Blog » Ten Top Mediation Tips
Peaceworks' Ten Top Mediation Tips
1. Always plan to have difficult conversations. Mediation provides a safe, confidential environment with adequate refreshments, to help everyone achieve their best.
2. Take time ahead of the mediation to find the words to describe what you feel, why you feel the way you do and what you would like as an outcome. Your feelings and preferences are important and everyone wants to listen and discover what they are. You might feel upset, angry, disappointed, confused - mediation offers you the chance to say that, and to state what you want.
3. Picture your future. How you would like things to be in 6 months time. This helps to see that there is a future beyond the mediation. The pain does not need to last forever. What will the next six months be like if there is no change? This mediation is important!
4. As you consider what you want and what the future might look like, remember to be realistic. Mediations work best when everyone agrees a realistic, achievable and measurable agreement. Things will certainly feel and look a lot different if a clear agreement is achieved. So take time to build that agreement in the mediation. Do not rush.
5. As far as you can, be very specific about issues and deal with each of them in turn. Once issues are clearly identified, there is a means for effectively and creatively dealing with the conflict.
6. Work with the mediator to create a climate in which matters can be agreed and deals can be done; this may involve 'turning the other cheek' and 'biting your lip'. Later, you will be glad you did.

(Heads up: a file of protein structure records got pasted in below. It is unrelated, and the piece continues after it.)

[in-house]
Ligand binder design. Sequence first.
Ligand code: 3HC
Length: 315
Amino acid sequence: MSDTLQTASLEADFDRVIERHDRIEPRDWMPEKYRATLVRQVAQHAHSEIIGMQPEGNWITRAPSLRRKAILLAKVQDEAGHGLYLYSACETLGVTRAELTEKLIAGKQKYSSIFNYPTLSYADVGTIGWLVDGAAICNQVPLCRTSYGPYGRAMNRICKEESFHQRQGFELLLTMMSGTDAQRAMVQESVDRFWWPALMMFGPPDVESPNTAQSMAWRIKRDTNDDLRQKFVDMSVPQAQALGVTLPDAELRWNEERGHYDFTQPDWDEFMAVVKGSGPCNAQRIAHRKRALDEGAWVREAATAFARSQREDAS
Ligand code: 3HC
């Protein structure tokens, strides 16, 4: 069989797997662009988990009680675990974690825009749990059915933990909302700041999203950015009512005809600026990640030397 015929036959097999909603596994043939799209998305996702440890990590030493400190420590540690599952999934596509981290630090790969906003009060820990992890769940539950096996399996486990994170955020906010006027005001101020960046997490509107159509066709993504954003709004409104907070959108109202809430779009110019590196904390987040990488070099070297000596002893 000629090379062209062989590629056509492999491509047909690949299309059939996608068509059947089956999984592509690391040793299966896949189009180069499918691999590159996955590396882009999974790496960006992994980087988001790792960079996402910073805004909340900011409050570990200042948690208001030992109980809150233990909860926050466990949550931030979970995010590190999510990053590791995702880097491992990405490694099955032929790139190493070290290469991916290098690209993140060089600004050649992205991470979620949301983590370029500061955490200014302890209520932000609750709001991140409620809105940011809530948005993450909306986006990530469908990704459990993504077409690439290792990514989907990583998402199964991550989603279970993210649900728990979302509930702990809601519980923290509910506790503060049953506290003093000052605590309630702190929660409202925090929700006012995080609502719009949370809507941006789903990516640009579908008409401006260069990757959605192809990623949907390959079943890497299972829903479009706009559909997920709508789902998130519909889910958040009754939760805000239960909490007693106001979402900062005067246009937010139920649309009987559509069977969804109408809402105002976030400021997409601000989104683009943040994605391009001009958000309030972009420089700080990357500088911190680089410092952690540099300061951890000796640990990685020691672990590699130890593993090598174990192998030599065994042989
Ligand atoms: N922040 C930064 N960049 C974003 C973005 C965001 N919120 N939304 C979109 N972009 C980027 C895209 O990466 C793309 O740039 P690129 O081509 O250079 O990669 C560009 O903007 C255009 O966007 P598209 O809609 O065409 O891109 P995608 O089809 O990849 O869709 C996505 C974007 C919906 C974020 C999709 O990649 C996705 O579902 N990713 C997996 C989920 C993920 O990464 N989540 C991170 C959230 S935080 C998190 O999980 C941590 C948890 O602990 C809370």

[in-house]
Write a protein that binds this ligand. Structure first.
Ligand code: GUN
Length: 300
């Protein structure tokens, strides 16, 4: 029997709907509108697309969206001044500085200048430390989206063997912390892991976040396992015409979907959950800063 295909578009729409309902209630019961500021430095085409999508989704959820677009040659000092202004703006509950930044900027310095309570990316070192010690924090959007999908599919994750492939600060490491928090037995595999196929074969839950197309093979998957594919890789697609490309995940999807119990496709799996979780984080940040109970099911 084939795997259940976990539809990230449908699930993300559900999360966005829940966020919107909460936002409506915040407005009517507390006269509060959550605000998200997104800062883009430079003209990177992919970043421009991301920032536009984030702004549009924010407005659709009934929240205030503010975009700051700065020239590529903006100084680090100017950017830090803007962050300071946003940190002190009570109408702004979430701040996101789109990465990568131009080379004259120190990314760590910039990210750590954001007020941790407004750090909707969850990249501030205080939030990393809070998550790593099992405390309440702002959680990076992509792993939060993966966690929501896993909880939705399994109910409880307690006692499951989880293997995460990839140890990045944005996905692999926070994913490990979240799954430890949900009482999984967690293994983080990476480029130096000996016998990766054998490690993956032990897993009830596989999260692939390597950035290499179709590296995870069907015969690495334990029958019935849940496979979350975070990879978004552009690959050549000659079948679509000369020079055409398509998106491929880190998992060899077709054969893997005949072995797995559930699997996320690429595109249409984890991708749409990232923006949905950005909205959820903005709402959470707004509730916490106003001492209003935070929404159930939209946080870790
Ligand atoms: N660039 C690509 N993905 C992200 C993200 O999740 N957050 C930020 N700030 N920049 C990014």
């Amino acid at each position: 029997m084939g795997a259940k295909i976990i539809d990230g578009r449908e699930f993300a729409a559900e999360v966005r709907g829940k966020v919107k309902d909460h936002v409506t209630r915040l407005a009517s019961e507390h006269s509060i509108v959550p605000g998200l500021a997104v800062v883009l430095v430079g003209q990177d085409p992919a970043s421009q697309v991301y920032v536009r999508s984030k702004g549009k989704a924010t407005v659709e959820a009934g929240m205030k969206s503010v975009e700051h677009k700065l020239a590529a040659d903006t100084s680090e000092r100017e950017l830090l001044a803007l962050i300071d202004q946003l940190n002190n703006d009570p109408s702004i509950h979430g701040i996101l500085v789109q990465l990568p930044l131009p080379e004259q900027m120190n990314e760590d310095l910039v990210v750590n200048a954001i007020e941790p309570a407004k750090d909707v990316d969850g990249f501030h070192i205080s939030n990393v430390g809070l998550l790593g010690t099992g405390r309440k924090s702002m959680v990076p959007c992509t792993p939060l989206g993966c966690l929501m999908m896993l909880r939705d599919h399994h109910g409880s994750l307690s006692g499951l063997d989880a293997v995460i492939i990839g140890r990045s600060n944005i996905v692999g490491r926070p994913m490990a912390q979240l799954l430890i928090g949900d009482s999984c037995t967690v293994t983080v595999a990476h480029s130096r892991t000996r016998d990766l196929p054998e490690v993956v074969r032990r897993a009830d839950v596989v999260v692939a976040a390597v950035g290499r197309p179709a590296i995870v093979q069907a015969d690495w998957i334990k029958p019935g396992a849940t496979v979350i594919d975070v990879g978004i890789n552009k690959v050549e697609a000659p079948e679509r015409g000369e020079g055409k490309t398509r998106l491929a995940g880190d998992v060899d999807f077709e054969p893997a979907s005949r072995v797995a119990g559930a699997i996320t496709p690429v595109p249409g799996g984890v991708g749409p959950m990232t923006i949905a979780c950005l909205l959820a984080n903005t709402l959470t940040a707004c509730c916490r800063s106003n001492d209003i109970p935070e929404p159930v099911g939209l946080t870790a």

7. If there are difficulties be honest about them. There is ample opportunity to have a private meeting with the mediator and talk through your anxieties freely and confidentially. The mediator is there to support you throughout do your best.
8. If you need to resolve financial issues, be sure you have details of the numbers involved and any paperwork that support your verbal claims. Confusion over data will always produce confusion within the process. If numbers intimidate you, request some help ahead of the mediation.
9. Do not rely on 'bar room' advice as to what you 'should' walk away with! However well meant, it is likely to be unhelpful, and does not enjoy the benefit of the other party's feelings and requests. What they say may have a positive impact on you. Remember, this is your dispute and you have the power to resolve it.
10. Respect and be kind to yourself throughout. This is a mature and creative way to deal with conflict, and one that is increasingly promoted by the legal profession, HR departments, commercial companies etc. worldwide. You are at the cutting edge of the new way to deal with conflict effectively. How smart is that?